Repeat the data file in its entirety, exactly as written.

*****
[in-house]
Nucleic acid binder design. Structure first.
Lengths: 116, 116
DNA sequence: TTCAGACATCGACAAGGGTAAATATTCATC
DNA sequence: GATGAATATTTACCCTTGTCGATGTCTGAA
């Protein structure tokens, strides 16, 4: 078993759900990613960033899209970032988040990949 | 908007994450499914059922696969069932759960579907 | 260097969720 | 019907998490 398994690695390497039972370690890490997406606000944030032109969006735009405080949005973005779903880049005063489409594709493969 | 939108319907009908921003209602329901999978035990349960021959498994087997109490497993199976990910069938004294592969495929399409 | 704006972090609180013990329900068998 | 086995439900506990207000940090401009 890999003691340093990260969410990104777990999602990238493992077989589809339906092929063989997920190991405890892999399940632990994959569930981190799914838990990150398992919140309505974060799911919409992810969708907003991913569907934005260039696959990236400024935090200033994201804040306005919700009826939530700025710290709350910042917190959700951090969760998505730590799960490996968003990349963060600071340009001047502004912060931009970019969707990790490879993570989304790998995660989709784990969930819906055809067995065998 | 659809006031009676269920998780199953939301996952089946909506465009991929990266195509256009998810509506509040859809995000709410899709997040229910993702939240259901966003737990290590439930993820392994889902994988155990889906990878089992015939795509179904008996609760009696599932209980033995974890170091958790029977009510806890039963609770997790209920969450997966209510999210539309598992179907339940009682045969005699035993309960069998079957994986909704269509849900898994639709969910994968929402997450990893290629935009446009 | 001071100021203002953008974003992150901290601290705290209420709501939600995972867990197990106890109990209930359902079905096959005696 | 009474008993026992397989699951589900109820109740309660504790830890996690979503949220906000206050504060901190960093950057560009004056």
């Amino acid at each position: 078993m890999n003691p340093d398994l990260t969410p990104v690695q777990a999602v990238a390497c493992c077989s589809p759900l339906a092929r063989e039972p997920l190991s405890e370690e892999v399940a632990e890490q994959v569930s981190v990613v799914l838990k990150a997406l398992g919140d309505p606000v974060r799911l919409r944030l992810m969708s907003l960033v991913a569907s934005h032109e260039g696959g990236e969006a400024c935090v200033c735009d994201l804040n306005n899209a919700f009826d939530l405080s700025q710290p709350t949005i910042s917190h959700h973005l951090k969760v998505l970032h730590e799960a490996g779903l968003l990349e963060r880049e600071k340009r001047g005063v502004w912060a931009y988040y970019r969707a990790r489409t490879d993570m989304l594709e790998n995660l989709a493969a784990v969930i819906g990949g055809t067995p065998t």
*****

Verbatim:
[in-house]
Nucleic acid binder design. Structure first.
Lengths: 116, 116
DNA sequence: TTCAGACATCGACAAGGGTAAATATTCATC
DNA sequence: GATGAATATTTACCCTTGTCGATGTCTGAA
């Protein structure tokens, strides 16, 4: 078993759900990613960033899209970032988040990949 | 908007994450499914059922696969069932759960579907 | 260097969720 | 019907998490 398994690695390497039972370690890490997406606000944030032109969006735009405080949005973005779903880049005063489409594709493969 | 939108319907009908921003209602329901999978035990349960021959498994087997109490497993199976990910069938004294592969495929399409 | 704006972090609180013990329900068998 | 086995439900506990207000940090401009 890999003691340093990260969410990104777990999602990238493992077989589809339906092929063989997920190991405890892999399940632990994959569930981190799914838990990150398992919140309505974060799911919409992810969708907003991913569907934005260039696959990236400024935090200033994201804040306005919700009826939530700025710290709350910042917190959700951090969760998505730590799960490996968003990349963060600071340009001047502004912060931009970019969707990790490879993570989304790998995660989709784990969930819906055809067995065998 | 659809006031009676269920998780199953939301996952089946909506465009991929990266195509256009998810509506509040859809995000709410899709997040229910993702939240259901966003737990290590439930993820392994889902994988155990889906990878089992015939795509179904008996609760009696599932209980033995974890170091958790029977009510806890039963609770997790209920969450997966209510999210539309598992179907339940009682045969005699035993309960069998079957994986909704269509849900898994639709969910994968929402997450990893290629935009446009 | 001071100021203002953008974003992150901290601290705290209420709501939600995972867990197990106890109990209930359902079905096959005696 | 009474008993026992397989699951589900109820109740309660504790830890996690979503949220906000206050504060901190960093950057560009004056």
């Amino acid at each position: 078993m890999n003691p340093d398994l990260t969410p990104v690695q777990a999602v990238a390497c493992c077989s589809p759900l339906a092929r063989e039972p997920l190991s405890e370690e892999v399940a632990e890490q994959v569930s981190v990613v799914l838990k990150a997406l398992g919140d309505p606000v974060r799911l919409r944030l992810m969708s907003l960033v991913a569907s934005h032109e260039g696959g990236e969006a400024c935090v200033c735009d994201l804040n306005n899209a919700f009826d939530l405080s700025q710290p709350t949005i910042s917190h959700h973005l951090k969760v998505l970032h730590e799960a490996g779903l968003l990349e963060r880049e600071k340009r001047g005063v502004w912060a931009y988040y970019r969707a990790r489409t490879d993570m989304l594709e790998n995660l989709a493969a784990v969930i819906g990949g055809t067995p065998t």